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The Right to Competent, not Perfect, Counsel

WASHINGTON (CN) - The U.S. Supreme Court on Monday obliterated relief for a Maryland police officer who shot his young mistress in the head at point-blank range.

When James Kulbicki killed Gina Marie Neuslein in 1993, the pair were ensnarled in a paternity suit and faced a court appearance in the coming days on unpaid child support.

Kulbicki was married to another woman and he was 14 years older than Neuslein. They had been seeing each other on and off for about two years, and Kulbicki admitted at his murder trial to being the father of Neuslein's 18-month-old child.

The former police officer made headway in his bid for postconviction relief when he complained that his defense attorneys were ineffective for failing to question the legitimacy of certain forensic evidence.

At Kulbicki's trial in 1995, an FBI agent testified about Comparative Bullet Lead Analysis, or CBLA, telling the court that the composition of elements in the molten lead of a bullet fragment found in Kulbicki's truck matched the composition of lead in a bullet fragment removed from Neuslein's brain.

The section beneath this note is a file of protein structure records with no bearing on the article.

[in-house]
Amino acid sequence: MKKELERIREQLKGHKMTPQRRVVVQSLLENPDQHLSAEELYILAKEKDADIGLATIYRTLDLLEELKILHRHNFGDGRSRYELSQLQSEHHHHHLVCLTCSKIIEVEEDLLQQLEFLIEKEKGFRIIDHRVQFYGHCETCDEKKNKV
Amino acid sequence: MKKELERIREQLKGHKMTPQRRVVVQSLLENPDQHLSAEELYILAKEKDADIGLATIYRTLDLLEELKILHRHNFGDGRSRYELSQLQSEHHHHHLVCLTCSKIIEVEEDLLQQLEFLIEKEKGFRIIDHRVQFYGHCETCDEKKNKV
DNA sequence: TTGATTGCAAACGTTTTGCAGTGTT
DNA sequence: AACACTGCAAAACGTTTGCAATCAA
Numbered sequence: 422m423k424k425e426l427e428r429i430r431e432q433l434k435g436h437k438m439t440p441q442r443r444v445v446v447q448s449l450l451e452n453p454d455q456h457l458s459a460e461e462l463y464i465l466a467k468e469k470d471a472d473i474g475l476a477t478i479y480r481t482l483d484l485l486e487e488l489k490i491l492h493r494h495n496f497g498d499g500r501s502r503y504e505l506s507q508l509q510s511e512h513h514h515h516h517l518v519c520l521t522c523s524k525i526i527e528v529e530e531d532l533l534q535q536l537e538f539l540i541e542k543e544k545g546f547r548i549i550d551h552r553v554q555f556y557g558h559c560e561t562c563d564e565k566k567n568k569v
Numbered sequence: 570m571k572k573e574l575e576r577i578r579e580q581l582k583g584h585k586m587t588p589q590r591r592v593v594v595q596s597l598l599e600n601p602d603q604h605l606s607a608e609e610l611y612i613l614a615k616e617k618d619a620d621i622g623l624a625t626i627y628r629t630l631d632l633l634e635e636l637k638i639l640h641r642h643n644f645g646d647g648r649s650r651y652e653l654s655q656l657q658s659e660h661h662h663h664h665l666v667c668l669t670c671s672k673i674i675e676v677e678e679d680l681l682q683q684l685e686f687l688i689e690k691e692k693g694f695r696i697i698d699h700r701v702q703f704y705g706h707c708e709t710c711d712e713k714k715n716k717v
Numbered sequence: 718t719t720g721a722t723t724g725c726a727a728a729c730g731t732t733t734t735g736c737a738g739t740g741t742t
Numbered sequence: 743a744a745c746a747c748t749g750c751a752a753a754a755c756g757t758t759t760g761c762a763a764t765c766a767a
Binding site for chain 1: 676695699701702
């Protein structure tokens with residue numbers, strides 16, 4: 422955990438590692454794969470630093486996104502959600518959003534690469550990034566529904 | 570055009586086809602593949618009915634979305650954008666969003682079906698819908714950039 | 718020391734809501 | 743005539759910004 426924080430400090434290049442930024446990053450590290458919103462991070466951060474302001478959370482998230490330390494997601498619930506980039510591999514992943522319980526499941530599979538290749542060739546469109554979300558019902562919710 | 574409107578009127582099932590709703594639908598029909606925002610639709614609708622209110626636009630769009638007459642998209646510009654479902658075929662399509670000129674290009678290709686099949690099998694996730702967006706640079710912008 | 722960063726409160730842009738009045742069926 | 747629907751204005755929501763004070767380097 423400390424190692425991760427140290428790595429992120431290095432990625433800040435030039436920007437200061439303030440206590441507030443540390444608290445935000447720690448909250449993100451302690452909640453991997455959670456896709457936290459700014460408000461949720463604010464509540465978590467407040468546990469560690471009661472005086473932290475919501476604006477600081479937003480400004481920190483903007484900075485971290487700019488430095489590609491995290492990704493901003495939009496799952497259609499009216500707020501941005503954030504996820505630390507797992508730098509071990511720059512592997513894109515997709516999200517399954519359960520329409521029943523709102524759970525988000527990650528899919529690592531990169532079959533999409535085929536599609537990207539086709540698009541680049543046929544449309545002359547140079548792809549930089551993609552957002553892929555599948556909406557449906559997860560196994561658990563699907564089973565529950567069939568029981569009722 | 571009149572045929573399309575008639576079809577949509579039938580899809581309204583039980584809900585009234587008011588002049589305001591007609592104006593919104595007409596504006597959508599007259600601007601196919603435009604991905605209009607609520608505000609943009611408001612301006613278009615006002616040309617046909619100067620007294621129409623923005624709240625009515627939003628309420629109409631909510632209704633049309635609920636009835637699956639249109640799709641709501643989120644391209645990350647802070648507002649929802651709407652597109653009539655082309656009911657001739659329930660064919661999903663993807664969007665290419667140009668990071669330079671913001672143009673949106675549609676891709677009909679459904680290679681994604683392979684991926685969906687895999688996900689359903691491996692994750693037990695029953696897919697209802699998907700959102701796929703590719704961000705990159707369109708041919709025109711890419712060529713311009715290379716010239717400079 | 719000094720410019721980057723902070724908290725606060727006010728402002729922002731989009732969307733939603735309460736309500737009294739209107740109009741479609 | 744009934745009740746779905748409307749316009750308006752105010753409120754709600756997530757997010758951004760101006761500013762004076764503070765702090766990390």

One could "expect" such similarity if "examining two pieces of the same bullet," Special Agent Ernest Peele testified. He said the bullet taken from Kulbicki's gun was not an "exact" match to the bullet fragments, but that the bullets probably came from the same package.

CBLA fell out of favor, however, in the years after Kulbicki's conviction. Kulbicki seized on this when the Court of Appeals of Maryland declared CBLA evidence inadmissible for the first time in 2006, finding that it was not generally accepted by the scientific community.

The Maryland Court of Appeals vacated Kulbicki's conviction in 2013 on that basis alone.

The U.S. Supreme Court summarily reversed Monday, finding no support for the "conclusion that Kulbicki's defense attorneys were constitutionally required to predict the demise of CBLA."

"At the time of Kulbicki's trial in 1995, the validity of CBLA was widely accepted, and courts regularly admitted CBLA evidence until 2003," the unsigned decision states.

The justices saw no deficient performance by Kulbicki's defense team in "dedicating their time and focus to elements of the defense that did not involve poking methodological holes in a then-uncontroversial mode of ballistics analysis."

Though Kulbicki complained about his attorneys' failure to find the 1991 report Peele had co-authored - a document that "presaged the flaws in CBLA evidence" - the justices on Monday saw "no reason to believe that a diligent search would even have discovered the supposedly crucial report."

"Given the uncontroversial nature of CBLA at the time of Kulbicki's trial, the effect of the judgment below is to demand that lawyers go 'looking for a needle in a haystack,' even when they have 'reason to doubt there is any needle there,'" the five-page ruling continues.

It is important to note that the constitutional right to counsel affords "reasonable competence," not perfect advocacy, the justices added. Kublicki's conviction in 2013 on that basis alone.

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